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Fat Birds Have More Sex

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Researcher Wolfgang Goymann and colleagues were studying the migrations of the garden warblers (Sylvia borin) when they discovered an interesting nugget of information:

While pockets of flab accumulated over the winter months may be a source of frustration for some, it can be a cause of joy for others …The researchers fitted ten fat birds and ten lean birds on the Italian island of Ventotene with temporary adhesive radio transmitters. [...]

Monitoring their test subjects using the stick-on surveillance bugs, the German boffins found that the more rotund ones had sex sooner and generally slept only one night in any given location. Plumpness led to sexual success for the wobblebottomed group, while their spindly counterparts took longer to get any action – and tended to make longer stays of more than one night, too.

(source)

A Different-Kind-of-Dog Fight

Well hellooooo, little birdies! Oh, do you see something you like…? Is it this delicious walnut? Too bad the tastiest treat on the planet is jusssst out of reach…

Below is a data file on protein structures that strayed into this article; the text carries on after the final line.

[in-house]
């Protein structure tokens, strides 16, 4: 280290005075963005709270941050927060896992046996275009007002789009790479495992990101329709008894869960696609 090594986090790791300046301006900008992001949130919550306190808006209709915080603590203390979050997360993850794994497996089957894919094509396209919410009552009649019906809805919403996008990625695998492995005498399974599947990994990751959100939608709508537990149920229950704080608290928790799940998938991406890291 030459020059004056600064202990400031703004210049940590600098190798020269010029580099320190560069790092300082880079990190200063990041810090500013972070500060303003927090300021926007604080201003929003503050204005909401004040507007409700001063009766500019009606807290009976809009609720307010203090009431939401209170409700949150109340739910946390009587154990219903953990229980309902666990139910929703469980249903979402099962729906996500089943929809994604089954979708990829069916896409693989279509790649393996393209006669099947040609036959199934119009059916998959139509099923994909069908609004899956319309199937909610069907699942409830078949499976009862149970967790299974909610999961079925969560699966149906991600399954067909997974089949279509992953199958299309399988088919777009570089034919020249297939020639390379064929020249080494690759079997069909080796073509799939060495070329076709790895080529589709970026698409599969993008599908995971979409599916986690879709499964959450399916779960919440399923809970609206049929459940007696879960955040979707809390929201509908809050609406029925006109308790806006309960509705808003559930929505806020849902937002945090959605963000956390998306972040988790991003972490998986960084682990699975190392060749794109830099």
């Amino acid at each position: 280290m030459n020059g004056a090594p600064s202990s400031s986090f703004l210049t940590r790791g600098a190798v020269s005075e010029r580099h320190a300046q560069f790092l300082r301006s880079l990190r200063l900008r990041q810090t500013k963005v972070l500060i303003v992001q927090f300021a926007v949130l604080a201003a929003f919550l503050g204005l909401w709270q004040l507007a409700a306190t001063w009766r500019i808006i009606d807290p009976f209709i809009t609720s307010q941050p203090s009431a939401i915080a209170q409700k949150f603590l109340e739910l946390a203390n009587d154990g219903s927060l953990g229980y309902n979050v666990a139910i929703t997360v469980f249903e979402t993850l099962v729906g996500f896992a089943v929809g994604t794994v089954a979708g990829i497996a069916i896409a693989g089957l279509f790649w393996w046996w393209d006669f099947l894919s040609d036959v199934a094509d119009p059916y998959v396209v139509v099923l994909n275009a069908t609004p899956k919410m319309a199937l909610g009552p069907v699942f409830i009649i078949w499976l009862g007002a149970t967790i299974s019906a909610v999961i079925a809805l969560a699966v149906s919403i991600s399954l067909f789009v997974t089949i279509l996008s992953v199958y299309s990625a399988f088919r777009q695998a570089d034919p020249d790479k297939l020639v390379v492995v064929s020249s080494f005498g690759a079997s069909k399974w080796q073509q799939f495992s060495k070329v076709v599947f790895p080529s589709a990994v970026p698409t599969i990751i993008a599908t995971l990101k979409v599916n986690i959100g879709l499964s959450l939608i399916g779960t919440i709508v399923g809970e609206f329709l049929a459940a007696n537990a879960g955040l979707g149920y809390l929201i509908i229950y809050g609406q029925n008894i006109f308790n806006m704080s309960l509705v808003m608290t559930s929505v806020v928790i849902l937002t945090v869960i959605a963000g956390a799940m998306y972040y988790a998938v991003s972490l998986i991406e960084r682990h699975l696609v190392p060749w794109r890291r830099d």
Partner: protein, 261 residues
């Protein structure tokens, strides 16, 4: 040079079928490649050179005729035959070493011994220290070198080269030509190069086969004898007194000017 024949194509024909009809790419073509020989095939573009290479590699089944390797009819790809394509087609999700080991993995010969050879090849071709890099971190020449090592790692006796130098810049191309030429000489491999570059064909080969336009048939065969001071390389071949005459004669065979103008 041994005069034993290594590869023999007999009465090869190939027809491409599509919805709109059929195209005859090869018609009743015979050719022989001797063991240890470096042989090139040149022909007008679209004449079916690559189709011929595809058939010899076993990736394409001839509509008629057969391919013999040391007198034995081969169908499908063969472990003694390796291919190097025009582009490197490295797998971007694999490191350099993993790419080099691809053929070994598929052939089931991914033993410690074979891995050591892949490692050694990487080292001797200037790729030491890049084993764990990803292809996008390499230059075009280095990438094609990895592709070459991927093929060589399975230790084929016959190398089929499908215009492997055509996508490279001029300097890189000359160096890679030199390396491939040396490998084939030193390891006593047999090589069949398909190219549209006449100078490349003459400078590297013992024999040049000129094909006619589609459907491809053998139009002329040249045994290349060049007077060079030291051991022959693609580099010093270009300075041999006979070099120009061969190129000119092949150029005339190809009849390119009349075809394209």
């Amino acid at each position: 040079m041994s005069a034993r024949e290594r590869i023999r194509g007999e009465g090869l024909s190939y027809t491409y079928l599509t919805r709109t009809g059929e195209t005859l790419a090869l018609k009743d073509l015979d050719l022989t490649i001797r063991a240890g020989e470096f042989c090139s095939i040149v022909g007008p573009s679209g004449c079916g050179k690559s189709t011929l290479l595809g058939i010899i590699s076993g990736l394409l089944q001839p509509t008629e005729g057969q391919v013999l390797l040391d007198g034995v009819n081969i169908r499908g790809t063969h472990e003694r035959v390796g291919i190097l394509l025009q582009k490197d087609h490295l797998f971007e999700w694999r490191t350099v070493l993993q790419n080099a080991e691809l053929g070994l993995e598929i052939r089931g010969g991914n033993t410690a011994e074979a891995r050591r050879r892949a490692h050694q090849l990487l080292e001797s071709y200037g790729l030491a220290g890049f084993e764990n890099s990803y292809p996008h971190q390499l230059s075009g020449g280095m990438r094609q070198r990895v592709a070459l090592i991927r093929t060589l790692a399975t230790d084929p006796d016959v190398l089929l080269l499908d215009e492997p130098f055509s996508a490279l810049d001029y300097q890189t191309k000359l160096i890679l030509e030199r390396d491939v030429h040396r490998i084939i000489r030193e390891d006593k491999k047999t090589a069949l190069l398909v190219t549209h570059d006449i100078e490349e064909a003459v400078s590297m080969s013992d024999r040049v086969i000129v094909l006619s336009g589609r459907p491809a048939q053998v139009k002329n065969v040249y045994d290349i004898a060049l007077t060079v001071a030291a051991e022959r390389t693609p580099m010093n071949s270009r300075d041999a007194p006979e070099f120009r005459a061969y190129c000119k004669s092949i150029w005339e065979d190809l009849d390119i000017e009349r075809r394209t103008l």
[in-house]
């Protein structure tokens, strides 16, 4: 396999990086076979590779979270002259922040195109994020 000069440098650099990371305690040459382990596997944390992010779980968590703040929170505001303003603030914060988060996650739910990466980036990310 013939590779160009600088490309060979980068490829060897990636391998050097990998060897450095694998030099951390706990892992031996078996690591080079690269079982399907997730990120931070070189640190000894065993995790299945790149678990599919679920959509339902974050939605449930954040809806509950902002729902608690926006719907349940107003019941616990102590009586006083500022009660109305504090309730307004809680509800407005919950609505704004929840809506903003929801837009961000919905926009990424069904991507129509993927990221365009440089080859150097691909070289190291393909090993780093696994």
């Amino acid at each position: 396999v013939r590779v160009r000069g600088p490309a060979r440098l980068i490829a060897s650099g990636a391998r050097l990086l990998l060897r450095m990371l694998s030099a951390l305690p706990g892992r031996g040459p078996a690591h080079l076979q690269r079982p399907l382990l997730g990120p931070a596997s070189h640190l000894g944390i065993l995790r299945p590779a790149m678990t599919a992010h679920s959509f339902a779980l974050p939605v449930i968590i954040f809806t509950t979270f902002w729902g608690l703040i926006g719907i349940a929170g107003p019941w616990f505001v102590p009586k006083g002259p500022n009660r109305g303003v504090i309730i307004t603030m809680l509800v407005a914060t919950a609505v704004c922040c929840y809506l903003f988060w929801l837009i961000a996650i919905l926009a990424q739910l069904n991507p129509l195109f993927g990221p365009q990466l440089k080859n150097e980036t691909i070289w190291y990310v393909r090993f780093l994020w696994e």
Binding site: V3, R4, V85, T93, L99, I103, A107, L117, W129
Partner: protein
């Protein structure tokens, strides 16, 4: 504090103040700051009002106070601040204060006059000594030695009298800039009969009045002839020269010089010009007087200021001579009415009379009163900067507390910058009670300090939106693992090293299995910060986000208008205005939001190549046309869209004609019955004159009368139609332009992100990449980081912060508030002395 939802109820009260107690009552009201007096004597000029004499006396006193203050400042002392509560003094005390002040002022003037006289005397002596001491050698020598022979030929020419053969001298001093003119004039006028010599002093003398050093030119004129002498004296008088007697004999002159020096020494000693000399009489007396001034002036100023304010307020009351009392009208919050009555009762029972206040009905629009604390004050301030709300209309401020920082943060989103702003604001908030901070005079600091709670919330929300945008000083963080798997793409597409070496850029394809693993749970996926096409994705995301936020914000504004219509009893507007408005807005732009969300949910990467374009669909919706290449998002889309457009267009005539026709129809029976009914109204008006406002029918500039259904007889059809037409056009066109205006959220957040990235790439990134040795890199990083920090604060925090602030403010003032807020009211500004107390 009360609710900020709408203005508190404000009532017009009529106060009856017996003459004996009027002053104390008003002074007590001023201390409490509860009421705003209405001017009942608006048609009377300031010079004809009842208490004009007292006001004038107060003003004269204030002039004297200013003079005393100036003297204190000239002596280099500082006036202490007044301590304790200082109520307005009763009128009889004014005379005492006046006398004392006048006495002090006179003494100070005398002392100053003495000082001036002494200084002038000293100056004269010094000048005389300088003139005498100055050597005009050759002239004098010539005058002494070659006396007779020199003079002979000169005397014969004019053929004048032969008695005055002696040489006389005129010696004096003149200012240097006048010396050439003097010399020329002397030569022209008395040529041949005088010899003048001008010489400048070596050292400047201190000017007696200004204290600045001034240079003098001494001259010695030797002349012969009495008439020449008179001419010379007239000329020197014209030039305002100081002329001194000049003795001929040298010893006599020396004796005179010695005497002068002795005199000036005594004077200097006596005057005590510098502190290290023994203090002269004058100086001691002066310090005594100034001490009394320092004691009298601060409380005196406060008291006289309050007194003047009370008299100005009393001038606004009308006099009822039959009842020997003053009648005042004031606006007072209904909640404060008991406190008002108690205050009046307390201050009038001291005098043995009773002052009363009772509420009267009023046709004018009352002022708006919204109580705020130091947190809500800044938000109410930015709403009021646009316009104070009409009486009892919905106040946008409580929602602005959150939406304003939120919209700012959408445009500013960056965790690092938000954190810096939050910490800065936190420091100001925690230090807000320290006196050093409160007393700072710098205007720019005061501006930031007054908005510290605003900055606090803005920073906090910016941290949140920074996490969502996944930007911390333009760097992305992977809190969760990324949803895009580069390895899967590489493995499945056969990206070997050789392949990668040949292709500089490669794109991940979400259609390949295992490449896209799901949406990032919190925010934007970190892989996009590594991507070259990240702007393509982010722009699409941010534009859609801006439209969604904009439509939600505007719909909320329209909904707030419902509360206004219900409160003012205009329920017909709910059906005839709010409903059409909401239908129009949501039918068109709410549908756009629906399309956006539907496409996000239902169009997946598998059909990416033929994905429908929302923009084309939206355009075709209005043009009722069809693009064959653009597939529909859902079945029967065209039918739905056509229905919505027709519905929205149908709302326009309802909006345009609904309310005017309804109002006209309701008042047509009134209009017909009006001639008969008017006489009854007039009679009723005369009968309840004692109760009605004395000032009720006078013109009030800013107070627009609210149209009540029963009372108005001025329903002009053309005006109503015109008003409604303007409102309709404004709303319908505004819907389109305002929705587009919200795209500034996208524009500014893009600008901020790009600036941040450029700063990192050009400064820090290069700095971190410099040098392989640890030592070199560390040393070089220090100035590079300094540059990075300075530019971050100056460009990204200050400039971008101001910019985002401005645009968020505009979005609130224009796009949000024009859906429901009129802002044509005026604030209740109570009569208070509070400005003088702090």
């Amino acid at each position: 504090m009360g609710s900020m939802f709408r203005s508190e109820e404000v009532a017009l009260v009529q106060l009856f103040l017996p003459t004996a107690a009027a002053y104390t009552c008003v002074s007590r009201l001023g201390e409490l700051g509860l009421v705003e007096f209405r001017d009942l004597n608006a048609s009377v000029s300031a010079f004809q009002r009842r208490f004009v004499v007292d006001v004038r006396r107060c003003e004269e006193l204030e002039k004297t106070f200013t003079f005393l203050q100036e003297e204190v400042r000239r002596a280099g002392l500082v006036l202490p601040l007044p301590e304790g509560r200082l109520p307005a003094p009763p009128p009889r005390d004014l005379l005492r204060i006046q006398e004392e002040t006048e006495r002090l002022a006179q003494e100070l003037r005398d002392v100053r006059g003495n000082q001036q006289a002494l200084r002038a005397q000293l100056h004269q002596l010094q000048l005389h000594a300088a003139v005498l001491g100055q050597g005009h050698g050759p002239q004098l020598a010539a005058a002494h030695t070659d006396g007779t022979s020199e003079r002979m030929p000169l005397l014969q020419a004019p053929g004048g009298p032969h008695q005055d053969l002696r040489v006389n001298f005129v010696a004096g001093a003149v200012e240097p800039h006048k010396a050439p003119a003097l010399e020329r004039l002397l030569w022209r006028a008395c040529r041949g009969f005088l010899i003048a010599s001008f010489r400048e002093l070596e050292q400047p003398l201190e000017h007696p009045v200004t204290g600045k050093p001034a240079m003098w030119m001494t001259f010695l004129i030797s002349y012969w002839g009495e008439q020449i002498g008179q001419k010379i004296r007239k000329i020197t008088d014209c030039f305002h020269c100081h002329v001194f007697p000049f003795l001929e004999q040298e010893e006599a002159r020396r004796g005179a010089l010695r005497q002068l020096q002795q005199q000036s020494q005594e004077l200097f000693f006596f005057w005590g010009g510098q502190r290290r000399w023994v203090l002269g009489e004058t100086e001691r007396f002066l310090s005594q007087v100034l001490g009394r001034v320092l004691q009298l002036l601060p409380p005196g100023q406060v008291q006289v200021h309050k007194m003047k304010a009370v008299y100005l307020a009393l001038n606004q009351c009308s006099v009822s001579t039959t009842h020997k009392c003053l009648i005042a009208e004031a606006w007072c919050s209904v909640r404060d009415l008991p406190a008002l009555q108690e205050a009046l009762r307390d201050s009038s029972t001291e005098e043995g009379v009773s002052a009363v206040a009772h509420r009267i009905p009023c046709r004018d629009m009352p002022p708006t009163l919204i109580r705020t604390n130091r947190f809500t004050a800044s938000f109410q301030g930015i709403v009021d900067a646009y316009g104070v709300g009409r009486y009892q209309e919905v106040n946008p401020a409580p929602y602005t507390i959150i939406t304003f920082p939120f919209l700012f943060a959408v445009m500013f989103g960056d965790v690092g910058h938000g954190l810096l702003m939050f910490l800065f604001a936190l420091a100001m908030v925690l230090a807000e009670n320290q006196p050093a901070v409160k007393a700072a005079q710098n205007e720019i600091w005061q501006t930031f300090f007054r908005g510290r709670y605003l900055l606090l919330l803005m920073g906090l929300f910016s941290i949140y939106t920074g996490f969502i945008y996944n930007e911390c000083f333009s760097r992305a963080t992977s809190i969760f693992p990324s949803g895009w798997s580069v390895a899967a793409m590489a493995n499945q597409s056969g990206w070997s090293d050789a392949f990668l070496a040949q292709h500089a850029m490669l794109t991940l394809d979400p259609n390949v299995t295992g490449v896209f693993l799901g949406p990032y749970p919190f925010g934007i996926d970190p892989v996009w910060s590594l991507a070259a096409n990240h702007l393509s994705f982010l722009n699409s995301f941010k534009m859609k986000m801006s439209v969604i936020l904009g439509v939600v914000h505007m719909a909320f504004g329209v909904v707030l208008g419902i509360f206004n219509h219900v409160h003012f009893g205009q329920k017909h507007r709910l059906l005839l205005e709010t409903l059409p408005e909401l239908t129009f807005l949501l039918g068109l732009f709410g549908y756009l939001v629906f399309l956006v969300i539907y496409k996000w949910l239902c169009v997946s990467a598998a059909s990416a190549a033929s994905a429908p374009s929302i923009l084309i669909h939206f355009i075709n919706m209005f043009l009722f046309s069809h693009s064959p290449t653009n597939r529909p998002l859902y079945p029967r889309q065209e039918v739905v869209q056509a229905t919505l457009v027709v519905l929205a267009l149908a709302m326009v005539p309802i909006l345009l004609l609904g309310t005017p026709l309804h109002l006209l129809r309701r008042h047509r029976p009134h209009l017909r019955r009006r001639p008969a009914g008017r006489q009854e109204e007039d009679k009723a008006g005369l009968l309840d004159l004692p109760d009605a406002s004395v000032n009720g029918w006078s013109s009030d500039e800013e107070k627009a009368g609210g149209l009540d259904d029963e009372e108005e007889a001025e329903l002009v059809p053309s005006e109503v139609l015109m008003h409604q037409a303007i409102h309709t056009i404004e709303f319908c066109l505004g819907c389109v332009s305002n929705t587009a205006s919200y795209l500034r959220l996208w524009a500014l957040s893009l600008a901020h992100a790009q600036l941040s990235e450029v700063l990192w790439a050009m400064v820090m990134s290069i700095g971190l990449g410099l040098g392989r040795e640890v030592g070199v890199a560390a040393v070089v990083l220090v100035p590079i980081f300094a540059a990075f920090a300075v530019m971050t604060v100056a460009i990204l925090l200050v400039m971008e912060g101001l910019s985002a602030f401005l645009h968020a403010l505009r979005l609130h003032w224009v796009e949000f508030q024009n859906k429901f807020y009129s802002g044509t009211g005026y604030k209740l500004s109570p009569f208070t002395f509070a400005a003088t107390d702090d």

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Oh my. OK, I did not foresee this seriously terrifying hopping and pecking. How about we go split-sies?

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(source)

Chicken Owner Knits Wooly Jumpers For Birds

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Crafty Ann Duran, 55, took pity on hens left featherless after being rescued from a battery farm.And she came up with eggs-actly the right answer to keep them warm – hand-knitted tanktops. Ann said: “Some people think I am a little bit crazy but I didn’t like to think of chickens shivering through the winter.”The feathers will eventually grow back but until then my jumpers will keep them warm.”Chickens lose their feathers after being cooped up in hot sheds at battery farms.

Ann, of Neath, South Wales, heard about the featherless birds from friend Dionne Jenkins who saves retired battery hens.And she roped pals to form the Helping Hands knitting circle – making jumpers for bald chickens across the country.Dionne, 26, said: “It is quite upsetting to see chickens without their feathers – but Ann has solved the problem.”Three of my birds modelled them and they fit really well. I think the chickens look really sweet in them.”